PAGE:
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Crawford TKOs Brave but Outclassed Horn

Terence Crawford ripped the WBO welterweight world title away from Jeff Horn with a dominant achievement to conquer his third weight distribution before a largely partisan audience on Saturday. The end came at 2:33 by nine nine when Judge Robert Byrd rescued Horn when he was penalized against the rope.

Any doubts about size differences faded quickly around the round.

Crawford (33-0, 24 KOs) showed their Nebraska supporters and those he collected in recent years at MGM Grand, that no questions about size barriers do not exist. An audience of 8,112 saw the former lightweight and super lightweight title sliding smoothly into the 147-pound division.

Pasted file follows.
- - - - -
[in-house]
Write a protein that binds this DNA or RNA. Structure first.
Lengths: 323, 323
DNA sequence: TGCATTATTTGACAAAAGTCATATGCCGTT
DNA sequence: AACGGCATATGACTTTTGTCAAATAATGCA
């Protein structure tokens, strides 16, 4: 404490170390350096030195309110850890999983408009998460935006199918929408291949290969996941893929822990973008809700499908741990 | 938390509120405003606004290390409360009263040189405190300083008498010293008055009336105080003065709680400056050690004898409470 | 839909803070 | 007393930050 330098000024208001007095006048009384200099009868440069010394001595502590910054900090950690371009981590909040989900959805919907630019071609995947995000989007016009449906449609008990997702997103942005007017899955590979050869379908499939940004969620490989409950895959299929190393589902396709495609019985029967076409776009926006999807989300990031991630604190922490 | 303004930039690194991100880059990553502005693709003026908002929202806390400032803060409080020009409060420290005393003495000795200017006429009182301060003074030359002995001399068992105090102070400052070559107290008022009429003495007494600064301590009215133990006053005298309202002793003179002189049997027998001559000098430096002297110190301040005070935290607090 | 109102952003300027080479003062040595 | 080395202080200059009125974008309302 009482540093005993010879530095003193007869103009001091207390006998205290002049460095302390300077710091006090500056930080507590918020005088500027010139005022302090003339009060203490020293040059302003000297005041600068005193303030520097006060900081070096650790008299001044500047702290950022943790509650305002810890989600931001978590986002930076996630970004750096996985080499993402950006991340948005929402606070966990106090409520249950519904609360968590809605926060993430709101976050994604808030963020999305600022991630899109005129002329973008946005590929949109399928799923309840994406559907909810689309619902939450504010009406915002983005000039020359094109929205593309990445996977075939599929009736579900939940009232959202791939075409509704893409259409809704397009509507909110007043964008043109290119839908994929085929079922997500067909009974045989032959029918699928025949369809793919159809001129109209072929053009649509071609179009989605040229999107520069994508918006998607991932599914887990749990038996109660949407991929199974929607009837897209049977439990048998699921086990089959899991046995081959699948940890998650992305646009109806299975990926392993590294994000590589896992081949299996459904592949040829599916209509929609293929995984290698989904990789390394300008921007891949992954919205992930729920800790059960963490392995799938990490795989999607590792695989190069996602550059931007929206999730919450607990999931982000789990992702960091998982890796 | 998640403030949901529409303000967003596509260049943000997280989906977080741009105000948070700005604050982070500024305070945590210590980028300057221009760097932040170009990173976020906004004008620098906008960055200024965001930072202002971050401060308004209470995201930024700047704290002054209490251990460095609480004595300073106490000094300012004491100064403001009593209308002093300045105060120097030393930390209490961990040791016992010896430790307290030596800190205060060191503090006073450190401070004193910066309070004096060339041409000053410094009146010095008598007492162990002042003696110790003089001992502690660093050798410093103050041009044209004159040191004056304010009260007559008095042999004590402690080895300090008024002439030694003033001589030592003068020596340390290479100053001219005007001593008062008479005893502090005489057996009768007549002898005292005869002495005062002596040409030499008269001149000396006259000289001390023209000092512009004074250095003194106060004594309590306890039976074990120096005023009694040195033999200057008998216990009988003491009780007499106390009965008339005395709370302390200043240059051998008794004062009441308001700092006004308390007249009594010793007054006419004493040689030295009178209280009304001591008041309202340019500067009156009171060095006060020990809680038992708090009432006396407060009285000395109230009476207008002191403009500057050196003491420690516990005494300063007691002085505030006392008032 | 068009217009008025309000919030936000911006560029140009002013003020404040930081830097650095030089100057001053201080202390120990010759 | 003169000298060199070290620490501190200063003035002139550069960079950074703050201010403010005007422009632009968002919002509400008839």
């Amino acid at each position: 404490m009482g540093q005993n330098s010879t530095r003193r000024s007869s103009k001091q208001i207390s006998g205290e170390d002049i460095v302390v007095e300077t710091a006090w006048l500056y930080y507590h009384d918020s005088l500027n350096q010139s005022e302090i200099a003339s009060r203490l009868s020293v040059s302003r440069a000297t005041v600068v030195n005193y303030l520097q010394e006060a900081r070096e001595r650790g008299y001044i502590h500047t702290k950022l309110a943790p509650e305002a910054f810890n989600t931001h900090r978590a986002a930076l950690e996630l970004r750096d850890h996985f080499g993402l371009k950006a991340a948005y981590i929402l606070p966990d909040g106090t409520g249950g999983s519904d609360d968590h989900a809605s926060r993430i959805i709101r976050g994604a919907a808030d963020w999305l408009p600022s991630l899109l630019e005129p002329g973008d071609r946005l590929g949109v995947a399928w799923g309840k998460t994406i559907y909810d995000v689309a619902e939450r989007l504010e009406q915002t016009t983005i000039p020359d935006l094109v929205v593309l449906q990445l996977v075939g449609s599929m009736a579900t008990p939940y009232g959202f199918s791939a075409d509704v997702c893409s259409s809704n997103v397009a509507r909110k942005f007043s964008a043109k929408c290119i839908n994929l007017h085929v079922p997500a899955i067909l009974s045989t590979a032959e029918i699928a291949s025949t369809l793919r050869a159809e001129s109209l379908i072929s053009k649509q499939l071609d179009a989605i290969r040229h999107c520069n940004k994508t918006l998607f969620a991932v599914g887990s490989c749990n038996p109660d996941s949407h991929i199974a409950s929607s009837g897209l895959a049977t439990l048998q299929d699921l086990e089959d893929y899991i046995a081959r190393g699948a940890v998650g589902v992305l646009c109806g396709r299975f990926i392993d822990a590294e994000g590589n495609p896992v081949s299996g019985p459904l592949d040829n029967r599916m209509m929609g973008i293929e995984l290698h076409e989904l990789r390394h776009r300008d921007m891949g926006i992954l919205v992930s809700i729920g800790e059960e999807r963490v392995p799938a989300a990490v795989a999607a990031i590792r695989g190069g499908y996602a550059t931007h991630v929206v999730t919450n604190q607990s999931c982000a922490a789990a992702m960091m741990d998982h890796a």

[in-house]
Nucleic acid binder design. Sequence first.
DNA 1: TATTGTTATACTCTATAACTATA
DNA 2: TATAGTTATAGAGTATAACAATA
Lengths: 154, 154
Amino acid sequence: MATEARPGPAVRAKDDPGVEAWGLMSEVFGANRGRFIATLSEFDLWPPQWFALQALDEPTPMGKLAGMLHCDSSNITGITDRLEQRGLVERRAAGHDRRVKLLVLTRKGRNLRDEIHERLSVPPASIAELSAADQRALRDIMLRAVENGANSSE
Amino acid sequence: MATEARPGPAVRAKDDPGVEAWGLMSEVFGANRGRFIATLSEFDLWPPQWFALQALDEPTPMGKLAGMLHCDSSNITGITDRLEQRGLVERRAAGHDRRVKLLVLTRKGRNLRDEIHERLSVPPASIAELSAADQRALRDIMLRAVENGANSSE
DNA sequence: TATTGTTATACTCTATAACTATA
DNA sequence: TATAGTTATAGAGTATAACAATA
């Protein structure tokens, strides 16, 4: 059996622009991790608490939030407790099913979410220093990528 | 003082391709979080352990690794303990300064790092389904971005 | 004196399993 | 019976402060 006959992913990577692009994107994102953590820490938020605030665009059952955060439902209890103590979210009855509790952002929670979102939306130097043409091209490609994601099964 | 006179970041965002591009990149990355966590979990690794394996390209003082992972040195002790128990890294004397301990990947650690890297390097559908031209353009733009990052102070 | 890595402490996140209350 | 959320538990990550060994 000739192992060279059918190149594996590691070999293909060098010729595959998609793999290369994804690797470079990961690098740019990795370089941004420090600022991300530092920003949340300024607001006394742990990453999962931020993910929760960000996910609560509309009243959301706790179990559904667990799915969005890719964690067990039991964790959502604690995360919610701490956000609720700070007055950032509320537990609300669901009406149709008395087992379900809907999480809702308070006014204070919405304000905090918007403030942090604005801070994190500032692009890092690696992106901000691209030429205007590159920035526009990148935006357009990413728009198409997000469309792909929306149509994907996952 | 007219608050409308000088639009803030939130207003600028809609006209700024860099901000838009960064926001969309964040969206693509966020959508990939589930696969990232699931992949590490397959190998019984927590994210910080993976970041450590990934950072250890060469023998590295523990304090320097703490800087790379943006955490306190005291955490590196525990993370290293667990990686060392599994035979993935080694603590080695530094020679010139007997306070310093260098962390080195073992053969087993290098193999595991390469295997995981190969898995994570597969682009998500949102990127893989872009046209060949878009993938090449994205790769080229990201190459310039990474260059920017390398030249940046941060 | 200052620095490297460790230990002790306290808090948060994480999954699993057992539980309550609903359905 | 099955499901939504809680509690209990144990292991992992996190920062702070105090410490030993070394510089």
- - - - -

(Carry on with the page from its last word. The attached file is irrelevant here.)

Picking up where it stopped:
Crawford looked out of the opening round to try Horn's chin with a change of stroke that saw both clutch and both a little flashing. The little fighter from Omaha then moved into a South Paw position for the next four rounds.

Horn has a difficult fighting style that includes feints and fast rushes. The speed of these rushes saw Crawford carefully not to be undiscovered. Each time Horn rushed Crawford grabbed Aussie tightly into a clinch. Horn continued to hit every clinch until warned not to do so by the referee.

Most of the rounds rarely saw the usual quick combinations Crawford has almost patented. Instead, he settled in order to maneuver and shoot shotgun on horns who beat battle. Every so often, the two would change but not enough to fan the other.